U.S. Blacklists Dozens of Chinese Companies Working on AI, Face Recognition Tech

One of the companies recently added to the U.S. Commerce Department’s “entity list” is CloudMinds, the SoftBank-backed start-up behind the smiling, humanoid robot Pepper.
One of the companies recently added to the U.S. Commerce Department’s “entity list” is CloudMinds, the SoftBank-backed start-up behind the smiling, humanoid robot Pepper.
Photo: Gabriel Bouys (Getty Images)

The U.S. Commerce Department has put another 33 Chinese businesses—many of which develop artificial intelligence and face recognition tech—on its economic blacklist as a punitive measure for purportedly conspiring with Beijing and the government’s brutal crackdown on Muslim minorities.

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The department’s so-called “entity list” bans blacklisted companies from using U.S.-made tech in their devices. Established via executive order last May, it includes Huawei, the world’s largest telecommunications equipment manufacturer, along with 68 affiliates accused of acting as proxies for Chinese espionage agencies.

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Per a Reuters report Friday, seven companies and two institutions were cited as being “complicit in human rights violations and abuses committed in China’s campaign of repression, mass arbitrary detention, forced labor and high-technology surveillance against Uighurs,” in a statement from the Commerce Department. The agency said the other two dozen organizations were listed for securing supplies for the Chinese military.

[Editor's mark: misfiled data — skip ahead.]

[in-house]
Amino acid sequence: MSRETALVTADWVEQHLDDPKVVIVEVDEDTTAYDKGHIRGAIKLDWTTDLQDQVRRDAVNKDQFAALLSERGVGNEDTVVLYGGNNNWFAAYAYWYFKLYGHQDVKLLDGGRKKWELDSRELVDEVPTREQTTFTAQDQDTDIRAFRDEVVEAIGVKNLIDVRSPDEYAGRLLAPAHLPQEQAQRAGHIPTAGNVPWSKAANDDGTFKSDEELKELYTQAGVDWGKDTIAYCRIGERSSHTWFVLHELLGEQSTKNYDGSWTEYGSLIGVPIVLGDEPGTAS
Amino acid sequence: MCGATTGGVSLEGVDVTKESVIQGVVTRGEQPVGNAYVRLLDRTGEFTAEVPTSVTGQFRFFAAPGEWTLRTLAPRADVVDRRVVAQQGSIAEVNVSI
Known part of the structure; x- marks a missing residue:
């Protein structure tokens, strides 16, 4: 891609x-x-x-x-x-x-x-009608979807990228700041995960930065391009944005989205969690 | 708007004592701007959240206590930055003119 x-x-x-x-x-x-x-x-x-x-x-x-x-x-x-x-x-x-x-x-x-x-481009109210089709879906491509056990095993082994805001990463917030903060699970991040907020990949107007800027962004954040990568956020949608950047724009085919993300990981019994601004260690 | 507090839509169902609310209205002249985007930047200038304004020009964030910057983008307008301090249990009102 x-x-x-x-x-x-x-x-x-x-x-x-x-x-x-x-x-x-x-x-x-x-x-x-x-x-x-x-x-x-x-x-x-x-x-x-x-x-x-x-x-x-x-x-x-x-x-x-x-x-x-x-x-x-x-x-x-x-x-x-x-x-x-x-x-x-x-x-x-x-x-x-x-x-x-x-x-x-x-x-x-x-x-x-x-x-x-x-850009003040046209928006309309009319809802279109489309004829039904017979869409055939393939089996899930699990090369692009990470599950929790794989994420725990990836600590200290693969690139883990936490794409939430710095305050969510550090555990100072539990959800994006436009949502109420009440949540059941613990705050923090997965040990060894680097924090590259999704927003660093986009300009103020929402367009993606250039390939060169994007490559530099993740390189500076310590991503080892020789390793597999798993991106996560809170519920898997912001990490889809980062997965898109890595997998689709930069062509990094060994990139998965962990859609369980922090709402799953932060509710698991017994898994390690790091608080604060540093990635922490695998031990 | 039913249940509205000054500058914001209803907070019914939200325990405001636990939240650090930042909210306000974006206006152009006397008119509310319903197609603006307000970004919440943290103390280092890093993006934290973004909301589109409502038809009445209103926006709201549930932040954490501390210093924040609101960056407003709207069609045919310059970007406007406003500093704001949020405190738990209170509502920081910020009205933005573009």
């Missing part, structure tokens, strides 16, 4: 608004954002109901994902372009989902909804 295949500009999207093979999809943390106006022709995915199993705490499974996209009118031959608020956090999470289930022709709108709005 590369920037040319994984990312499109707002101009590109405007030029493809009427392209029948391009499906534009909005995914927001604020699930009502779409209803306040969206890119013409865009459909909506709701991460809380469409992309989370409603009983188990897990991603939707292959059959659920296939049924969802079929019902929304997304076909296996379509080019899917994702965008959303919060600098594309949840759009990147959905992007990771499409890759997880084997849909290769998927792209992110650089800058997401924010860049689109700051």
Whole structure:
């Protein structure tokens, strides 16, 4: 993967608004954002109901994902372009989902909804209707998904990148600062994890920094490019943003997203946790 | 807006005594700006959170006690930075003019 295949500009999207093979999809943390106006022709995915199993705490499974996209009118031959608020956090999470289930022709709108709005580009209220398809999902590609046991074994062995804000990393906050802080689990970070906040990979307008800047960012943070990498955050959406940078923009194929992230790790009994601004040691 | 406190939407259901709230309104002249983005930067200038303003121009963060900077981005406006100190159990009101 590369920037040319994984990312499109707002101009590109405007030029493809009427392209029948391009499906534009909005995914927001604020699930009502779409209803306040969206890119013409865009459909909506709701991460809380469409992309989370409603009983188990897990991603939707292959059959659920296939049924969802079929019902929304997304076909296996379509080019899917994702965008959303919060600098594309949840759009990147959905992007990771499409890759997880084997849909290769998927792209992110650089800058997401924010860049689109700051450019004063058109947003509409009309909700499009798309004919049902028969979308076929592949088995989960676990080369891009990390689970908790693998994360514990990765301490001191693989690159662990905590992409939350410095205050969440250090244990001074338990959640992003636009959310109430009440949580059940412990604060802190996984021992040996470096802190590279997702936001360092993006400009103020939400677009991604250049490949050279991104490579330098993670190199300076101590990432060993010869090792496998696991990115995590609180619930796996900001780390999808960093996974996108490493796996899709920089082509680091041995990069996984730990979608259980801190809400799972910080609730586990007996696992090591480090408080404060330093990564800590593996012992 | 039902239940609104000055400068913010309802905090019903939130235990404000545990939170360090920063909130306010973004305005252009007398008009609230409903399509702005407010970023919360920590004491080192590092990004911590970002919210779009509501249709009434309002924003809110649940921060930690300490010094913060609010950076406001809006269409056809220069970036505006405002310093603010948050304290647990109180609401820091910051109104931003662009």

One of the companies named is CloudMinds, a start-up specializing in cloud-based systems for robots and the folks behind the smiling, humanoid robot Pepper. Last year, Reuters reported that the SoftBank-backed company was barred from transferring technology and technical information between its U.S. and Beijing offices until it secured the appropriate licenses.

Also cited was NetPosa, one of China’s biggest names in AI. Its subsidiary SenseNet was discovered to be conducting extensive and invasive surveillance measures last year, presumably at the behest of the Chinese government, in Xinjiang, a remote region where much of the population is Muslim.

Friday’s decision follows renewed efforts by China to tighten its hold on Hong Kong with a bevy of new national security and anti-sedition laws. Earlier this month, President Donald Trump expanded punitive trade sanctions against Huawei, straining U.S.-China relations amid an ongoing feud over the Chinese tech giant.

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Gizmodo weekend editor. Freelance games reporter. Full-time disaster bi.

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DISCUSSION

Oooooh! A blacklist! Betcha that will stop ‘em cold.

They won’t even think of using that technology everywhere else in the world.  I guess we showed ‘em.